There's a great thread
up at HFBoards today about the Oilogosphere. Lowetide already has his take
on it up, which is largely a defense of something that never needed defending in the first place. We all appreciate that Lowetide's site is a treasure, a unique and consistent take on everything connected to the Oilers, and if there are followers of the Oilers out there who don't like it for whatever reason I think that they're such a minority as not to be worth the effort of rebutting.
There are some valid points in this thread. Here's a quick review of some comments I found particularly interesting (note that when points were repeated, I tried to go back to the first point, and I also omitted stuff that defends the blogosphere because I'm more interested in a critical look at the medium at this juncture):Giant Moo
: "[T]hat doesn't change my general distaste for narcissism so prevalent in the "blogosphere".
An interesting point. I've always viewed the Oilogosphere as more collegial than narcissistic, but I can see where this comment has merit. I tend to think that it's basically a small-town phenomena: everyone knows everyone else, and thus we tend to gossip."Agreed, and number one issue is anonymity. How many times have Oiler blogs posted arguments which were not only wrong, but potentially libelous? Things that would get a regular newspaper sued?"
"I've read (in regular newspapers) about bloggers being taken to court over what they write (this is when their real names can be tracked down), and then claiming their sources are protected because they are journalists.
Then they turn around and say they are not bound by the normal ethics of journalism because they're not part of the big bad Mainstream Media."
I'm not anonymous, although I can't speak for others. Frankly, I think any writer holds himself to his own standards, including those commenters at HFBoards, and if a writer's standards aren't to the audience's liking, the audience doesn't have to read. As for libel, I have yet to see a libelous comment on any of the Oiler blogs out there."That's the other thing. So many "news blogs" are just repeating and linking to big bad Mainstream Media outlines when they "write" their "stories". Or blogs that just link to other blogs. That's not journalism. It's manual aggregation pretending to be more than it is.
The only blogs I've read who have actual news stories posted, where the author actually did the independent research to uncover facts, are run by people in the "MSM". I don't think that's a coincidence, either."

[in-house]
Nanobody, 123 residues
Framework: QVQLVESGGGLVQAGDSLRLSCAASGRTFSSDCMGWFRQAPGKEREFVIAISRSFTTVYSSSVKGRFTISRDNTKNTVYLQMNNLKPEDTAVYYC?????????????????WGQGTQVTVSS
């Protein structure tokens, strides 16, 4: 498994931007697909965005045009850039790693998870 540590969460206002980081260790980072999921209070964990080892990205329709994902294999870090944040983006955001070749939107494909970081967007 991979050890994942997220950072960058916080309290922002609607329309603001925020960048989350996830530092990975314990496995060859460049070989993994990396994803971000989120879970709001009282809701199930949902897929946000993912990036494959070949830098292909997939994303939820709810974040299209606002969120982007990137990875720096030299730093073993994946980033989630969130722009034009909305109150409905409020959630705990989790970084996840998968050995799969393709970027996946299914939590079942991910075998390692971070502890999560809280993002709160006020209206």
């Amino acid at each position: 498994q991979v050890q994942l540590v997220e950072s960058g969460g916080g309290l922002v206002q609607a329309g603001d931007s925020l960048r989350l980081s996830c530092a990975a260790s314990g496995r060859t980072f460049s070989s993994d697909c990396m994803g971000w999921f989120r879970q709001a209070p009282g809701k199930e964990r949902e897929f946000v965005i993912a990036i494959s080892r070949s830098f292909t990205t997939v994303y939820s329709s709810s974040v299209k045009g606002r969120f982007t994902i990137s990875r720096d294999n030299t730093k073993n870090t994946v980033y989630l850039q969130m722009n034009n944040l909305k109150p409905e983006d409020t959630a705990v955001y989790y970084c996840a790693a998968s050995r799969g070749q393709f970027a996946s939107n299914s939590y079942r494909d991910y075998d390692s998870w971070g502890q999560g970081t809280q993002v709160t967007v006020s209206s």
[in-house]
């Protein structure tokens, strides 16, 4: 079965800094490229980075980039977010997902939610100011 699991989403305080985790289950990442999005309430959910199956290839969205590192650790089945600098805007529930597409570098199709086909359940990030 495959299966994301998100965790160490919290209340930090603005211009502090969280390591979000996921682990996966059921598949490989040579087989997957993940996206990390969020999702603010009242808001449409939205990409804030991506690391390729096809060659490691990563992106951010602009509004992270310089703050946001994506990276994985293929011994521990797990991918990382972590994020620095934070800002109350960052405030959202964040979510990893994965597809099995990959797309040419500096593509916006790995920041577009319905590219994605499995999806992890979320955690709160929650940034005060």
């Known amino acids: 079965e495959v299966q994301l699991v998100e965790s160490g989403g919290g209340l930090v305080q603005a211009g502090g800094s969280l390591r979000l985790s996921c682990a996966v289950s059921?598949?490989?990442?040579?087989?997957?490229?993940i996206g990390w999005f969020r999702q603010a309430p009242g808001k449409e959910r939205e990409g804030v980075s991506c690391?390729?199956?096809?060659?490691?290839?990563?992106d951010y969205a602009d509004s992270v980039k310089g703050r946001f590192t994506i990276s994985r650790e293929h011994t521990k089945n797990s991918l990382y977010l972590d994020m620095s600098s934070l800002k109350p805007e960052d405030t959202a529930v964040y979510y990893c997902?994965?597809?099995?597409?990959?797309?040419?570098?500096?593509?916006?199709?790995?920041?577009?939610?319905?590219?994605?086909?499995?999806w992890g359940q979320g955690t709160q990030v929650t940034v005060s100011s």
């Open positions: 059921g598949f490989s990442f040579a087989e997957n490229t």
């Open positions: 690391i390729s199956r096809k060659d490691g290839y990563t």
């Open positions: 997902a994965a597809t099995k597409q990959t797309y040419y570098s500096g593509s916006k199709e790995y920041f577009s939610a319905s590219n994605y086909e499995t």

Often, the news may be the same, but the perspective on it is radically different from that of the MSM. I really don't see a big difference between blogs and HFBoards on this matter - HFBoard commenters immediately post links to any MSM-announced news, and share their viewpoints on it.Dashing Silver Fox
: "There is indeed a self congratulatory network of folks who have anointed themselves the all knowing priests of hockey based on stats that would make the Jesuit pursuit of "how many angels can dance on the head of a pin" look like an empty search for the fountain of youth.
I don't want to start another **** storm here, but they have convinced themselves Horcoff is a top ten centre in the league despite an overwhelming amount of evidence to the contrary. But, like any piece of conventional wisdom, if it's repeated often enough, especially in a small circle of like minds, it becomes the gospel and can only be questioned under the threat of burning at the stake.
Having said that, there are some very acute minds, MC79 and Mirtle come to mind, who also have some perspective and a view of the big picture.
The blogosphere is an emerging source of valuable information, partially due to the lack of real journalism evident among MSM sports reporters, but there are also huge red flags that need to be raised because, other than folks like Mirtle, they have none of the constraints that MSM face daily."
As far as "conventional wisdom", I'll agree wtih PDO that the only "wisdom" with near-universal acceptance is the perception of Shawn Horcoff and Craig MacTavish. Aside from that there is all manner of debate, on things historical and current. Bruce has given me a lesson on more than one occasion (Curtis Joseph being the best example), and I've certainly disagreed with other bloggers.
As for Horcoff and MacTavish, it isn't the point of this thread, but suffice to say that my thoughts are my own, however erroneous they might be, not a result of being brainwashed by others."As a self professed HF Clown, I've occasionally found myself having to wade into the blogger morass to correct some of the obvious misinformation that gets passed around the "sphere" as fact.
There really is a sense of entitled conventional wisdom that becomes, over time, a religion."